As a special educator and an advocate for students with disabilities, I was disappointed and offended by the July 11 article on autism titled "Failure to Cope." The title should have warned me that the contents and tenor of the article would be depressing, yet I was also excited to see the subject of educating students with autism as a cover article. After reading the article I feel compelled to write and let you know that I think you blew an excellent chance to inform and put to rest the fears of countless educators and members of the general public, not to mention parents of young children recently diagnosed with autism. My disappointment in the article was on so many levels, it is difficult to know where to begin.
The title, cover illustration, and Linnea Due's description of the typical stereotypical behavior of people with autism, I'm certain, only solidified the fear and ignorance of people who have had no contact or relationships with people with autism, and offended those of us who do have these relationships. It seems incredible to me that in an area that has so many educators and programs that are successfully and joyfully serving students with special needs in integrated school and recreation settings, that Due seemed to only find educators and therapists who were angry, scared, or exhausted by their work with students and their families. There are countless therapists and educators whom I know personally who would discount most of the depressing, negative statements made by her sources.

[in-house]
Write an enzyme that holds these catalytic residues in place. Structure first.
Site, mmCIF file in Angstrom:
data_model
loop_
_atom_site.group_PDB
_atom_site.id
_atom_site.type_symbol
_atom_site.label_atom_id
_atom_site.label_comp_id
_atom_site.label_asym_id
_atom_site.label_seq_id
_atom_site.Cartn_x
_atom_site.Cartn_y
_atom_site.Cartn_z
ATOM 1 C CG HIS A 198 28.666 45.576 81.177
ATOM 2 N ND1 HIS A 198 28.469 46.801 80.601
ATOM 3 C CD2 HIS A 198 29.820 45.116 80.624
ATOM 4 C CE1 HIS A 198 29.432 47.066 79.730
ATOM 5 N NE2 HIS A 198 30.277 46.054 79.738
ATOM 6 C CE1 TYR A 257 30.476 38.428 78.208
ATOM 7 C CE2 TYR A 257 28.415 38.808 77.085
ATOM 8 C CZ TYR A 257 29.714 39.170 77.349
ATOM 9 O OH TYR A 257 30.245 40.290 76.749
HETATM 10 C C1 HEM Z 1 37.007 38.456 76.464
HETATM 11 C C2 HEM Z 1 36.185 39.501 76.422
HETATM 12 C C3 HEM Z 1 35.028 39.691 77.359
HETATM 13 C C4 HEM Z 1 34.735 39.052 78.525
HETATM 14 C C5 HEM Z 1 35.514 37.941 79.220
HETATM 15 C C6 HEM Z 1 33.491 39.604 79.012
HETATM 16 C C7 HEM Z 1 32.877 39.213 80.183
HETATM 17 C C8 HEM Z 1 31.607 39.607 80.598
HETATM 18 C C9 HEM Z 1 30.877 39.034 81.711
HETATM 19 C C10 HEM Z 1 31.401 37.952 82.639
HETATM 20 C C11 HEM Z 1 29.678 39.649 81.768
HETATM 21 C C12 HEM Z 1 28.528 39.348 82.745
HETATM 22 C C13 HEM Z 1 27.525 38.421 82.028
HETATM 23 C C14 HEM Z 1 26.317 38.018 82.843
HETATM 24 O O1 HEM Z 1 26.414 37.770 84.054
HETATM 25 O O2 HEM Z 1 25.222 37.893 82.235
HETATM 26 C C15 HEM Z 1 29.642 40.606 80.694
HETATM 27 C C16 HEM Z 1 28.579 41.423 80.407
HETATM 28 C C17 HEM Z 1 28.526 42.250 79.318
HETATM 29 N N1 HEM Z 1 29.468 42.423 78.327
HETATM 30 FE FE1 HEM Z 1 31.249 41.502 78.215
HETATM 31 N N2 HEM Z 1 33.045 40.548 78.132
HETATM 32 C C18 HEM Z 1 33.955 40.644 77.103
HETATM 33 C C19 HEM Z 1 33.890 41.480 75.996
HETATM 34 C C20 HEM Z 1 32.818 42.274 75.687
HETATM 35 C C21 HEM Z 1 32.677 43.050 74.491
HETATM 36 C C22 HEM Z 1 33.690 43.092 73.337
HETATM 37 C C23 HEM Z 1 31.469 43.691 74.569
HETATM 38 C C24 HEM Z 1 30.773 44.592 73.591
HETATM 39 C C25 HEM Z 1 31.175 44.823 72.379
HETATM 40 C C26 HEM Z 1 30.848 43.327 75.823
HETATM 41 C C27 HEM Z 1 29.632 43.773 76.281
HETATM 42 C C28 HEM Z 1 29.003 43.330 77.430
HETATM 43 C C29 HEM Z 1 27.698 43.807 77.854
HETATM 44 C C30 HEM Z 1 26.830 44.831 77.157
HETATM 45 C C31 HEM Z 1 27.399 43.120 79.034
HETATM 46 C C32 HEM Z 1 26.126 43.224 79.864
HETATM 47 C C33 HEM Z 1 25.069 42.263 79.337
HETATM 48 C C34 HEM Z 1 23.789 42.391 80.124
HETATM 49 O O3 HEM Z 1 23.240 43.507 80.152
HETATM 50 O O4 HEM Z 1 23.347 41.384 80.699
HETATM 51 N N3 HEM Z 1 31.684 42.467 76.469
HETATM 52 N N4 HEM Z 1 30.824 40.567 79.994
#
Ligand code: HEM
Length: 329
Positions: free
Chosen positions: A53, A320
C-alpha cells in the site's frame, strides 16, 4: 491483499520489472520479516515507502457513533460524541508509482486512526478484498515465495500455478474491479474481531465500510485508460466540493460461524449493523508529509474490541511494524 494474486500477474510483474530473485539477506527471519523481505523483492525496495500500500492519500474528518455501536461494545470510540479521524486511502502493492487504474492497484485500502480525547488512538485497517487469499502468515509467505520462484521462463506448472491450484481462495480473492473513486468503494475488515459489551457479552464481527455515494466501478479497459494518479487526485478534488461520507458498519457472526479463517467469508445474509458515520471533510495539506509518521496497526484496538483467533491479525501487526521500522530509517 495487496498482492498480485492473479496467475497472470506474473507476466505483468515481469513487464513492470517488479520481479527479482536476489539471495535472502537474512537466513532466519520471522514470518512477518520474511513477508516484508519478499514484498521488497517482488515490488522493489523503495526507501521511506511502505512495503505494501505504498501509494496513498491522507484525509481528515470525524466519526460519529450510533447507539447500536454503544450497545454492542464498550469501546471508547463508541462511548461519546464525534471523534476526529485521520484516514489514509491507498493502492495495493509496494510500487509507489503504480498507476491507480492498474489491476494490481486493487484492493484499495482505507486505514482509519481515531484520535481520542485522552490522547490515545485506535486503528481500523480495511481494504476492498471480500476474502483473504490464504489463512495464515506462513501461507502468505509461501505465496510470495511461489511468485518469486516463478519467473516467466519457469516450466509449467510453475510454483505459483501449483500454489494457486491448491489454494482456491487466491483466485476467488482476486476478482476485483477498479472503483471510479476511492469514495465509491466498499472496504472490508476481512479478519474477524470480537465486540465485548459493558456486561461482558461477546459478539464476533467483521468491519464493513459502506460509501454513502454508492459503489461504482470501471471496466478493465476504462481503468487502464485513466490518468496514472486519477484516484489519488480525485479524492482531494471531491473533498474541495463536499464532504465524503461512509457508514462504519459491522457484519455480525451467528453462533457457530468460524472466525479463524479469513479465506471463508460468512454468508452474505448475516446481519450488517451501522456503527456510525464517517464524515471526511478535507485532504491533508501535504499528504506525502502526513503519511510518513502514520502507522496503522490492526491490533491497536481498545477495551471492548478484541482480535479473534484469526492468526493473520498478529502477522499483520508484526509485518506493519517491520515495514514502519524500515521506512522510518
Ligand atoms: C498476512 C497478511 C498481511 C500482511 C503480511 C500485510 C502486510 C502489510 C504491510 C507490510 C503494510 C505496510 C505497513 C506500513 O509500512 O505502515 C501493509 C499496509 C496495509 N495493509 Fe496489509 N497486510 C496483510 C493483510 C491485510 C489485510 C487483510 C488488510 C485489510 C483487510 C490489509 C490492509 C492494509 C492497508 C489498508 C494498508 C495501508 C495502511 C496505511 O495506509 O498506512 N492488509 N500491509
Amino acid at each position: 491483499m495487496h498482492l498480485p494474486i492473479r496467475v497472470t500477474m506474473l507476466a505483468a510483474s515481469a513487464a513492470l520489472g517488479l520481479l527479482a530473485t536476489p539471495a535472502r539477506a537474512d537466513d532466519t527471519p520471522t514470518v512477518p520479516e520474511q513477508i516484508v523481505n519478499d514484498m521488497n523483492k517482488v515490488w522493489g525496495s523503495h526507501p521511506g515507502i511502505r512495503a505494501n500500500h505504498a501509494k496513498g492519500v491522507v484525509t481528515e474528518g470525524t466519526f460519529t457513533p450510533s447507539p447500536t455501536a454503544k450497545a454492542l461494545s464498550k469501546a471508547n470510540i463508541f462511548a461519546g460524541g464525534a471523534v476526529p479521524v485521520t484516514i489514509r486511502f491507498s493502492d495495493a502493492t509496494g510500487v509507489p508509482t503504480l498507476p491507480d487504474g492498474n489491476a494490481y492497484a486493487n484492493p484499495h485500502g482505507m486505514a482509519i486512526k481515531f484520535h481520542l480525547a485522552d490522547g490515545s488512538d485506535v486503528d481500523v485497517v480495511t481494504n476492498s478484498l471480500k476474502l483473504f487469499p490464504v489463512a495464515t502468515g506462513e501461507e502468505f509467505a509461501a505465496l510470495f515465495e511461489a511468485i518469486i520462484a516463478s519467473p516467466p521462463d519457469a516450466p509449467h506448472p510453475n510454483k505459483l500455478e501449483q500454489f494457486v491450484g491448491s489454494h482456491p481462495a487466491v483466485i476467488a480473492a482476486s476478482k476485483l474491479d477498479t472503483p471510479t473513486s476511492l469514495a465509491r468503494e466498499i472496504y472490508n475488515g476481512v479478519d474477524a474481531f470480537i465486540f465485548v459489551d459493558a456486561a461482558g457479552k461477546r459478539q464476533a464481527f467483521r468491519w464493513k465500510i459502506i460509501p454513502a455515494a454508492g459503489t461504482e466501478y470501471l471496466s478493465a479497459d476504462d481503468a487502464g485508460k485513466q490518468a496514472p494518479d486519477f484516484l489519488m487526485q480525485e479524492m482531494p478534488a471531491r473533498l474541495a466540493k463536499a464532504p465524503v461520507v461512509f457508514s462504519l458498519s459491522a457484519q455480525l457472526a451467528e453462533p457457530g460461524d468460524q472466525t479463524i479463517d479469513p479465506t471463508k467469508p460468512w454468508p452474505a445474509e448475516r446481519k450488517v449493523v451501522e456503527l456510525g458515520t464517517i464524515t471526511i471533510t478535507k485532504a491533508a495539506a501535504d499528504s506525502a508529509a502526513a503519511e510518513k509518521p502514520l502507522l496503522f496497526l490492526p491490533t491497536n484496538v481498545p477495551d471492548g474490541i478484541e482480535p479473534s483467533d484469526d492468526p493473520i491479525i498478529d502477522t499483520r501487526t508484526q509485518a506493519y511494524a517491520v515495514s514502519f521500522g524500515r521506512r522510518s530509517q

Yet the greatest insult in the article was the picture she painted of parents, which was overly simplistic and very offensive. She continually offered descriptions of parents by therapists and administrators as "angry," "fearful," "in denial," and "grieving" over their child who would never be normal. I don't believe any of those sources has the credentials nor the right to judge or interpret the actions of these parents. The parents with whom I have worked to develop educational plans for their children are strong advocates for their children for one very good reason: Their children, like most children in elementary and middle school, cannot successfully advocate for themselves. It is important to remember that students with disabilities were only guaranteed the right to any public education 26 years ago (public law 94-142). Parents are now advocating for their children to be included in general education classes, and for teachers and assistants to be trained and willing to implement constantly changing interventions and technologies so that their children will have a level playing field with their classmates. All of which is guaranteed by federal law. It's very similar to the fight for integration and equal education of African-American children.
It also is really unfortunate that you tossed away the chance to share stories of hope about these children -- stories of children who are loved by their families and friends for who they are; stories of parents, administrators, and educators who are working collaboratively to integrate these children into our classrooms, afterschool programs, and summer camps; and stories of the remarkable gifts and talents children so easily labeled as "failures" and "hopeless cases." You should leave subjects like this to publications that want to inform and inspire, rather than fanning the flames of hysteria over the issue of rising cases of autism.